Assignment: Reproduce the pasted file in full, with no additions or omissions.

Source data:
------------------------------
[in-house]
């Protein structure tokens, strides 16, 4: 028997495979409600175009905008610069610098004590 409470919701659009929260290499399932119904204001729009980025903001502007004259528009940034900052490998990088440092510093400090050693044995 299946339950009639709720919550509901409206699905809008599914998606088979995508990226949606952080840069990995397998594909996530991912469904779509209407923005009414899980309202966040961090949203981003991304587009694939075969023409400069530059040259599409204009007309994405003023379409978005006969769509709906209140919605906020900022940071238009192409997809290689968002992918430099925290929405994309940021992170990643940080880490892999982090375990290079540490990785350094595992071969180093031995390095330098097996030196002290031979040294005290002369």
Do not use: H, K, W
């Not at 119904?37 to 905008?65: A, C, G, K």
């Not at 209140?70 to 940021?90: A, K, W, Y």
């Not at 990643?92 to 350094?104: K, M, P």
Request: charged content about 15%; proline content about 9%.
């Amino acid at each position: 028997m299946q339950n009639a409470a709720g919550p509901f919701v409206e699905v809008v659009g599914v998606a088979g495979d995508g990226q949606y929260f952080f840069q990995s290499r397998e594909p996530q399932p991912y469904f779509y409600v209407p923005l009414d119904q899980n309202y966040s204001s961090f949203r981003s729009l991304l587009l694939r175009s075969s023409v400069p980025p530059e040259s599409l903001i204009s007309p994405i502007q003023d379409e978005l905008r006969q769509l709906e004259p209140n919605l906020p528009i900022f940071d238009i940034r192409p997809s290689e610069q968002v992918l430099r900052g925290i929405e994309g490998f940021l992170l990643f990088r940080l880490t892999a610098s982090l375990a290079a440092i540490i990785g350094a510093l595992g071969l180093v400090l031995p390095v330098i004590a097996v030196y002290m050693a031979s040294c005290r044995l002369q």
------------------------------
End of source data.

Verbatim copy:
[in-house]
């Protein structure tokens, strides 16, 4: 028997495979409600175009905008610069610098004590 409470919701659009929260290499399932119904204001729009980025903001502007004259528009940034900052490998990088440092510093400090050693044995 299946339950009639709720919550509901409206699905809008599914998606088979995508990226949606952080840069990995397998594909996530991912469904779509209407923005009414899980309202966040961090949203981003991304587009694939075969023409400069530059040259599409204009007309994405003023379409978005006969769509709906209140919605906020900022940071238009192409997809290689968002992918430099925290929405994309940021992170990643940080880490892999982090375990290079540490990785350094595992071969180093031995390095330098097996030196002290031979040294005290002369």
Do not use: H, K, W
């Not at 119904?37 to 905008?65: A, C, G, K």
């Not at 209140?70 to 940021?90: A, K, W, Y």
């Not at 990643?92 to 350094?104: K, M, P």
Request: charged content about 15%; proline content about 9%.
């Amino acid at each position: 028997m299946q339950n009639a409470a709720g919550p509901f919701v409206e699905v809008v659009g599914v998606a088979g495979d995508g990226q949606y929260f952080f840069q990995s290499r397998e594909p996530q399932p991912y469904f779509y409600v209407p923005l009414d119904q899980n309202y966040s204001s961090f949203r981003s729009l991304l587009l694939r175009s075969s023409v400069p980025p530059e040259s599409l903001i204009s007309p994405i502007q003023d379409e978005l905008r006969q769509l709906e004259p209140n919605l906020p528009i900022f940071d238009i940034r192409p997809s290689e610069q968002v992918l430099r900052g925290i929405e994309g490998f940021l992170l990643f990088r940080l880490t892999a610098s982090l375990a290079a440092i540490i990785g350094a510093l595992g071969l180093v400090l031995p390095v330098i004590a097996v030196y002290m050693a031979s040294c005290r044995l002369q």